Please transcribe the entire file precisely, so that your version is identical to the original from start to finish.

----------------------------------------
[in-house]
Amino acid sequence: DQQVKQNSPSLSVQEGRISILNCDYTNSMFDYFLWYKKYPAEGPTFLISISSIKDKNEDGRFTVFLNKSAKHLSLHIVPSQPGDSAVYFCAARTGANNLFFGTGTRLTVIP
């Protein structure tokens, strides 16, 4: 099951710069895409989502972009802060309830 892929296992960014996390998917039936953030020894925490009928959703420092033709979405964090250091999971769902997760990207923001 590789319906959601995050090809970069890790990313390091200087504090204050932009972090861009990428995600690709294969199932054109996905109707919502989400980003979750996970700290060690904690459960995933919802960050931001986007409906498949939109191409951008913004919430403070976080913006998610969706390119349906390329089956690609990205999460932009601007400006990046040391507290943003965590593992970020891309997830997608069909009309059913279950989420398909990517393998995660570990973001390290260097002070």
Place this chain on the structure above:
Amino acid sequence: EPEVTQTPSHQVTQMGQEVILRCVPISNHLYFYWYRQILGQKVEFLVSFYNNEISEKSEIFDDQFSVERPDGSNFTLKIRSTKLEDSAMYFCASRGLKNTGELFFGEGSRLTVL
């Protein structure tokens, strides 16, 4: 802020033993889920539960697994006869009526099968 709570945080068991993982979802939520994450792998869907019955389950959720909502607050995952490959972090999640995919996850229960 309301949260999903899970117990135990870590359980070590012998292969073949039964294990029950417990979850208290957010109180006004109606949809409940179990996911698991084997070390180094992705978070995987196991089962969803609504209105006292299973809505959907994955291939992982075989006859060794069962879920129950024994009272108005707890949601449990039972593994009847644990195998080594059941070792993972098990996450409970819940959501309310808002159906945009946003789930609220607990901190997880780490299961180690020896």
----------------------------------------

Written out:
[in-house]
Amino acid sequence: DQQVKQNSPSLSVQEGRISILNCDYTNSMFDYFLWYKKYPAEGPTFLISISSIKDKNEDGRFTVFLNKSAKHLSLHIVPSQPGDSAVYFCAARTGANNLFFGTGTRLTVIP
């Protein structure tokens, strides 16, 4: 099951710069895409989502972009802060309830 892929296992960014996390998917039936953030020894925490009928959703420092033709979405964090250091999971769902997760990207923001 590789319906959601995050090809970069890790990313390091200087504090204050932009972090861009990428995600690709294969199932054109996905109707919502989400980003979750996970700290060690904690459960995933919802960050931001986007409906498949939109191409951008913004919430403070976080913006998610969706390119349906390329089956690609990205999460932009601007400006990046040391507290943003965590593992970020891309997830997608069909009309059913279950989420398909990517393998995660570990973001390290260097002070």
Place this chain on the structure above:
Amino acid sequence: EPEVTQTPSHQVTQMGQEVILRCVPISNHLYFYWYRQILGQKVEFLVSFYNNEISEKSEIFDDQFSVERPDGSNFTLKIRSTKLEDSAMYFCASRGLKNTGELFFGEGSRLTVL
């Protein structure tokens, strides 16, 4: 802020033993889920539960697994006869009526099968 709570945080068991993982979802939520994450792998869907019955389950959720909502607050995952490959972090999640995919996850229960 309301949260999903899970117990135990870590359980070590012998292969073949039964294990029950417990979850208290957010109180006004109606949809409940179990996911698991084997070390180094992705978070995987196991089962969803609504209105006292299973809505959907994955291939992982075989006859060794069962879920129950024994009272108005707890949601449990039972593994009847644990195998080594059941070792993972098990996450409970819940959501309310808002159906945009946003789930609220607990901190997880780490299961180690020896």